art ~ spirit ~ transformation
e*lix*ir

e*lix*ir   #11
Twin Birthdays 2020
Translations
 

TABLE OF CONTENTS


Editorial

Looking with the Eyes of Faith

e*lix*ir Poetry Collective

James Andrews
Harriet Fishman
Sandra Lynn Hutchison
A.E. Lefton
Imelda Maguire
YoungIn Doe

Translations

Remembered Music by Rumi, translated by Shahin Mowzoon

The Writing Life

The e*lix*ir Poetry Collective Writes the Creation by James Andrews

Essays

Love in a Time of Distances by Sandra Lynn Hutchison

Personal Reflections on Bahá’í Texts

A Finely-Tempered Sword by Melika Rezvani
Knowing God through His Creation by Nava Eslami

Art

Fabric Art by Helen Butler

Comic

Ruhi & Riaz by Solmaz Haghighat

Voices of Iran

An Army of Two Hundred Men by Ighan Aghdasi Yekta
The Goddess by Saba Sobhanian

Looking Back on Books

Rooms Are Never Finished by Agha Shahid Ali


← Previous       Next →

Helen Butler

Remembered Music

by Mevlana Rumi

translated by Shahin Mowzoon

The wise have said that these melodies
Were begot from the movement of the spheres,
It’s the call of the heavens that creation sings,
With all its voices and rhythms and hymns
The faithful say it’s a heavenly cause
That turns to harmony our dissonant cries.
We were all part of Adam when first he
In paradise heard that true melody,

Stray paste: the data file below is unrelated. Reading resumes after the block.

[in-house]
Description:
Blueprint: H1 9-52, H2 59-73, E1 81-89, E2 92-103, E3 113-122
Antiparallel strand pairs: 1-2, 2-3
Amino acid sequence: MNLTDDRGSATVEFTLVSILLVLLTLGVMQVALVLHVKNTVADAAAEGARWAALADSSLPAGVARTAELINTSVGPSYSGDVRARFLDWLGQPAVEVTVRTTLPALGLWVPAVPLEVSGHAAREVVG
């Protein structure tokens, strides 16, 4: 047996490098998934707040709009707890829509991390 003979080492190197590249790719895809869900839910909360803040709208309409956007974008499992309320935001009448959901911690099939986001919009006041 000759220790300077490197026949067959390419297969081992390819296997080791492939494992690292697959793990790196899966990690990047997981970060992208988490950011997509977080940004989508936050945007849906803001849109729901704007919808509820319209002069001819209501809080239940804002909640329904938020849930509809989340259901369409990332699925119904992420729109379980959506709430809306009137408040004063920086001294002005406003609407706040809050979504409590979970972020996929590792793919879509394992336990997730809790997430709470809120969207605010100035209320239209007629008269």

Though we were cast in water and clay
We half-remember the echoes of that day.


Source:
Díván-i-Shams-i-Tabrízí, volume 2, #2214



Shahin Mowzoon
Artist Statement:   With respect to translation, Dr. Soheil Bushrui used to say you should study the works of others, draw upon them, but still do your own work. It is my belief that every additional translation, each fresh rendering of a work, only adds another perspective. The work of translation is like painting: different artists can paint the same scene, but render it differently, according to their unique angle or view. And while one person will paint the scene in oils, another will paint in watercolors,and a third will create a sculpture. Translation is like that: each individual renders the original according to his or her own understanding of the words and their meaning.
Bio:   Shahin Mowzoon has translated the works of T.S. Eliot and W.B. Yeats into Persian and the works of Rumi into English. One of his translations of Rumi was chosen as a finalist for the Evansville University Barnstone Translation Prize. Shahin has also been published in engineering and scientific journals and translated songs for performing artists. He has worked as adjunct faculty and as a data scientist and researcher whose work spans a variety of disciplines.